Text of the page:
“What, by Foxsly’s bow, are you doing, Crackling-cub?!” Windsong grabbed Crackle’s waist and gave a mighty pull, trying to wrest her daughter out of her pile of manure. Suddendusk came to give her a hand. Neither of them was looking at Evervale, who kept back, hoping she didn’t look at guilty as she felt. Crackle didn’t resist the pull, but she looked utterly miserable.

“But I’m trying to grow! Look, I’ve got dung around my roots and it’s raining and I’ll stand here when the sun comes out and I’ll grow just like a dreamberry bush!”

She wriggled her feet. Her boots were completely ruined – coated in and out with dung, the smell would never leave them, and their soft insides would be grimy forever. They had sustained a great deal of abuse, but never quite like this. Windsong let out a long, hissing breath. “Dung around your roots, all right!”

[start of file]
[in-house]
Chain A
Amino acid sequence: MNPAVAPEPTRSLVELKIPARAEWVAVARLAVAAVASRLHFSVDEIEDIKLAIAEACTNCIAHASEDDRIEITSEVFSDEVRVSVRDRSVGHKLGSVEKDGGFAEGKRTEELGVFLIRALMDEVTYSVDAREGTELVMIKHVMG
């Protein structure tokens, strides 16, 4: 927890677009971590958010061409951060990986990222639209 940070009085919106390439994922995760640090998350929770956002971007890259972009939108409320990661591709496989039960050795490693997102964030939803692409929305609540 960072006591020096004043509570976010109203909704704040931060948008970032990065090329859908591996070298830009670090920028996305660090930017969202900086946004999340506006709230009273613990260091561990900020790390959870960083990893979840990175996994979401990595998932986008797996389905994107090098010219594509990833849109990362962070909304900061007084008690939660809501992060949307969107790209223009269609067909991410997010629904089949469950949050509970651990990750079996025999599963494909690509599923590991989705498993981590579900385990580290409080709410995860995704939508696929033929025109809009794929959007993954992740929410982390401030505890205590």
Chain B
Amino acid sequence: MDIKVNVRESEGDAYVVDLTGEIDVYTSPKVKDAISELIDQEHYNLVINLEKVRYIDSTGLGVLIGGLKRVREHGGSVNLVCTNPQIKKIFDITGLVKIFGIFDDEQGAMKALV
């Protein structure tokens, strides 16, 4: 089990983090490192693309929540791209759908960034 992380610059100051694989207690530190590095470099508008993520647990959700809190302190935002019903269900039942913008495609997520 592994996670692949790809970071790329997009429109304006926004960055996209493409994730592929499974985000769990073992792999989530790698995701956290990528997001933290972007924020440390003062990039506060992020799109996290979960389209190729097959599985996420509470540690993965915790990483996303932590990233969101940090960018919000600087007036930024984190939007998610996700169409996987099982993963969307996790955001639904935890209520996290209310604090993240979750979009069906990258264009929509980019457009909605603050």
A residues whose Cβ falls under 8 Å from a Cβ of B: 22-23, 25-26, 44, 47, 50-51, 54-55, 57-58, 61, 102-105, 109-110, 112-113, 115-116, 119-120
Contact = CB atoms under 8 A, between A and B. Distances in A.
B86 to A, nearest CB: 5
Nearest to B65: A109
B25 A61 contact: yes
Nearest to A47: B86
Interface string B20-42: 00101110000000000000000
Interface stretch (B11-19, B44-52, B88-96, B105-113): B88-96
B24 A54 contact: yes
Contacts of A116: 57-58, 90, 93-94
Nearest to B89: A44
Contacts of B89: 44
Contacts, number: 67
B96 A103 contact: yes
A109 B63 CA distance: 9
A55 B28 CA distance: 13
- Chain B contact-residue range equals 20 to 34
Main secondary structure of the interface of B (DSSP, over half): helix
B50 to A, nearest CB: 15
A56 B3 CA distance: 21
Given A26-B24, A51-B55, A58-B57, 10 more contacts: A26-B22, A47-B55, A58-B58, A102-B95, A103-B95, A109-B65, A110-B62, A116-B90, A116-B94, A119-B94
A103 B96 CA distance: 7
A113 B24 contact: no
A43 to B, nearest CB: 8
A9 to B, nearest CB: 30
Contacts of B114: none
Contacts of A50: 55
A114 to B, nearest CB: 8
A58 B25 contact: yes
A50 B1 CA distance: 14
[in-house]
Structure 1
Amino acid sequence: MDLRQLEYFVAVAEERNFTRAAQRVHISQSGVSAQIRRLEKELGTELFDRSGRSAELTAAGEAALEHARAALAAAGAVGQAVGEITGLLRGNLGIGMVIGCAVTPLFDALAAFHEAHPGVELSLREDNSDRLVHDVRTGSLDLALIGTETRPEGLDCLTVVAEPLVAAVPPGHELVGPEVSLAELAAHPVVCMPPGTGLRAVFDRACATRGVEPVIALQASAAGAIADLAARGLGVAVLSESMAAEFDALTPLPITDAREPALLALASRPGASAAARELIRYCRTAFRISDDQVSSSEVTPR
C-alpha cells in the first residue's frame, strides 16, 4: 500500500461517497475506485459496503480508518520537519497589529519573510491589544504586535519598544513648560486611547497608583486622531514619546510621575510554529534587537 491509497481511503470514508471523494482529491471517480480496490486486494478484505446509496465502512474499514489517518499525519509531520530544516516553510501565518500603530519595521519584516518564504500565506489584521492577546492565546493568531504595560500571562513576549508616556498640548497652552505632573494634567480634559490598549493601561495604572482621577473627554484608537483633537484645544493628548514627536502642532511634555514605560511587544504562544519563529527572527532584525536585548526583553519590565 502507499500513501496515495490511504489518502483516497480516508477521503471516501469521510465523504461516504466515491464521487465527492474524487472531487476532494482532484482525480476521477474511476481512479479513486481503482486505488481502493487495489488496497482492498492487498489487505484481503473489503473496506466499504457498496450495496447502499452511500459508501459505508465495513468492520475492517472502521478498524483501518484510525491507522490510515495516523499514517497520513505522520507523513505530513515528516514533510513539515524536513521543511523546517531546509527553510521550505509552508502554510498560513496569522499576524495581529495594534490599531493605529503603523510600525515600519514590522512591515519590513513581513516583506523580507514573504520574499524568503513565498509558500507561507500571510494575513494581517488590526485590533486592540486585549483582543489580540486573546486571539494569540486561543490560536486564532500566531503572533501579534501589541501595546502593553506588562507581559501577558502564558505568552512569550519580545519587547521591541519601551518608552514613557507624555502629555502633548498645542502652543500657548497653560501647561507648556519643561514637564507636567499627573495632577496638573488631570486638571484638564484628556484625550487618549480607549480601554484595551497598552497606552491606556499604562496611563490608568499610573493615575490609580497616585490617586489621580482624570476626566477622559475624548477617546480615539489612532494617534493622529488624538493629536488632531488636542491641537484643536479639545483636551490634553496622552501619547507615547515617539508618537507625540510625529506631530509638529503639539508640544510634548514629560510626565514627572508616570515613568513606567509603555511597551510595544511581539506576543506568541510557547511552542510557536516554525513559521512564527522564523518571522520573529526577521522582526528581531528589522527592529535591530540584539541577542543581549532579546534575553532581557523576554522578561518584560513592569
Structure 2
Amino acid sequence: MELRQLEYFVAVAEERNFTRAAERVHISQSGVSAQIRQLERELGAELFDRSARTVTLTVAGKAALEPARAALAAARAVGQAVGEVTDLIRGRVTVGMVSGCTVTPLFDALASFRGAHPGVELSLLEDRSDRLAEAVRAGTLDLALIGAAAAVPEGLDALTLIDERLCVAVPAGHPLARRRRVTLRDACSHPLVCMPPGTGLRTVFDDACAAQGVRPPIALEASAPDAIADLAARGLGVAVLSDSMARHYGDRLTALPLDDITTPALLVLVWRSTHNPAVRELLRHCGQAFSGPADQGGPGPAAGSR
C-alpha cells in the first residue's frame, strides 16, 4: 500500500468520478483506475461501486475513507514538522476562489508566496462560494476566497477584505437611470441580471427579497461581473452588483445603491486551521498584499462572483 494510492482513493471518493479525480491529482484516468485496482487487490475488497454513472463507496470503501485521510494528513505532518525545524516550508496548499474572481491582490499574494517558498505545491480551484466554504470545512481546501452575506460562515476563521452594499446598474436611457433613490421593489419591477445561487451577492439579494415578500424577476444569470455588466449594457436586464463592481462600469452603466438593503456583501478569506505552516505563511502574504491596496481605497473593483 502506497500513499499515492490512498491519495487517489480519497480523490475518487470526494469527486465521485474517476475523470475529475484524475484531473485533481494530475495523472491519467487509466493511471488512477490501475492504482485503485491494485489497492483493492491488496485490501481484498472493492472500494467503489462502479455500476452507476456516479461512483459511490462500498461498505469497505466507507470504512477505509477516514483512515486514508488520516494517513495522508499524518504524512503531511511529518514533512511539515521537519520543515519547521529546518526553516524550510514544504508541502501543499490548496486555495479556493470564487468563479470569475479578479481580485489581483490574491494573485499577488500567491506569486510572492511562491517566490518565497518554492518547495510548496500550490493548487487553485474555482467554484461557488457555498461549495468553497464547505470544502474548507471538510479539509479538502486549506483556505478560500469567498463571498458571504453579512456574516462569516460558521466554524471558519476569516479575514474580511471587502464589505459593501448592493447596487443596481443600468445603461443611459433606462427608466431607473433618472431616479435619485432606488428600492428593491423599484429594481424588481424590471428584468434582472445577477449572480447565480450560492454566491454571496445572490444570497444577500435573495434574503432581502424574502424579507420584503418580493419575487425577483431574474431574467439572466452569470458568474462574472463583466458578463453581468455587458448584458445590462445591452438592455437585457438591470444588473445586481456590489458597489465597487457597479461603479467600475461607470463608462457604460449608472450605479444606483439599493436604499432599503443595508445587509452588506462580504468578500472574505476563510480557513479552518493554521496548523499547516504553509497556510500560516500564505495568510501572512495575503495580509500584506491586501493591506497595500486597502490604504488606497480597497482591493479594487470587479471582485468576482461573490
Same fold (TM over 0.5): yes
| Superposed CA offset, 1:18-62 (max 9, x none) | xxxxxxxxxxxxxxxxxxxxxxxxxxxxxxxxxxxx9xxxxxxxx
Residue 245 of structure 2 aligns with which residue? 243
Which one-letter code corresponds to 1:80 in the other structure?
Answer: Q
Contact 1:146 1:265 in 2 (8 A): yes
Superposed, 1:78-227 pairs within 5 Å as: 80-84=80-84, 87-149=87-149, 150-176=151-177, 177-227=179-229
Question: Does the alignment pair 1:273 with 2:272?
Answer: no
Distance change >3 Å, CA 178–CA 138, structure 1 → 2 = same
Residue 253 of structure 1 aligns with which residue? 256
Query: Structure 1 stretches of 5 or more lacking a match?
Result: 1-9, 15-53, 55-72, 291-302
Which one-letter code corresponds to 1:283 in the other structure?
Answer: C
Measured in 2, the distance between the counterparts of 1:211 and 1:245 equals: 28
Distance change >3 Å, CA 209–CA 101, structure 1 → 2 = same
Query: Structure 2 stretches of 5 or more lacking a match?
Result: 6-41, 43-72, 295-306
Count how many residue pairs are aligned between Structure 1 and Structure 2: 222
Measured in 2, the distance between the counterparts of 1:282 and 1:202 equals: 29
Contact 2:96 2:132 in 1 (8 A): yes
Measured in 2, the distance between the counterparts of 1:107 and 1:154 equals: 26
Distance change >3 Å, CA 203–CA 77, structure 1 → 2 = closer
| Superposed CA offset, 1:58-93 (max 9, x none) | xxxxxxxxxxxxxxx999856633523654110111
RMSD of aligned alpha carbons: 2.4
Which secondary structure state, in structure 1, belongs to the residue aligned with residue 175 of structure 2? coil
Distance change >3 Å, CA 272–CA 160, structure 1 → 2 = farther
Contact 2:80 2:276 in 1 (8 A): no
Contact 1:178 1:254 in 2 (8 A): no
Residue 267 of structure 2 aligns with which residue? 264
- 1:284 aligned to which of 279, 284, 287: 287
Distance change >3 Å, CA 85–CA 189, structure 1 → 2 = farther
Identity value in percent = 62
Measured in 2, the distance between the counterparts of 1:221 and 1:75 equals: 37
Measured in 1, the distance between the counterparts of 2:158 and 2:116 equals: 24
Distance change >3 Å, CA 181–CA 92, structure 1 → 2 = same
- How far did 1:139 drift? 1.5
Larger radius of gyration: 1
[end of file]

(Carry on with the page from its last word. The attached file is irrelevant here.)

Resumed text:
Evervale swallowed hard. Crackle’s eyes were getting big and wet, when Suddendusk spoke up.

“Look at the poor cub, lifemate, you can’t be angry at her – she made a cub’s mistake, that’s all. Which of us never wished that we could grow faster?”

Leaning a little to one side, Evervale risked a peek past her mother’s back. Suddendusk stood with his hands on his youngest’s shoulders, and Windsong sighed. She came forward to hand Crackle her piece of oiled leather to put over her head, useless though it was, as the cub’s hair was so wet its auburn became almost brown. She was too big for either of them to pick up anymore, but they did take her hands and give her a swing as they started back to the holt. Still wet but more cheerful, Crackle let them go ahead and fell into pace next to her sister.

“Really, Crackle,” Evervale muttered, “you should be too old to believe you can grow like a bush.”

But Crackle only chirped “new boots!” and grinned up at her sister, with what Evervale could almost swear was a wink.

by Ellen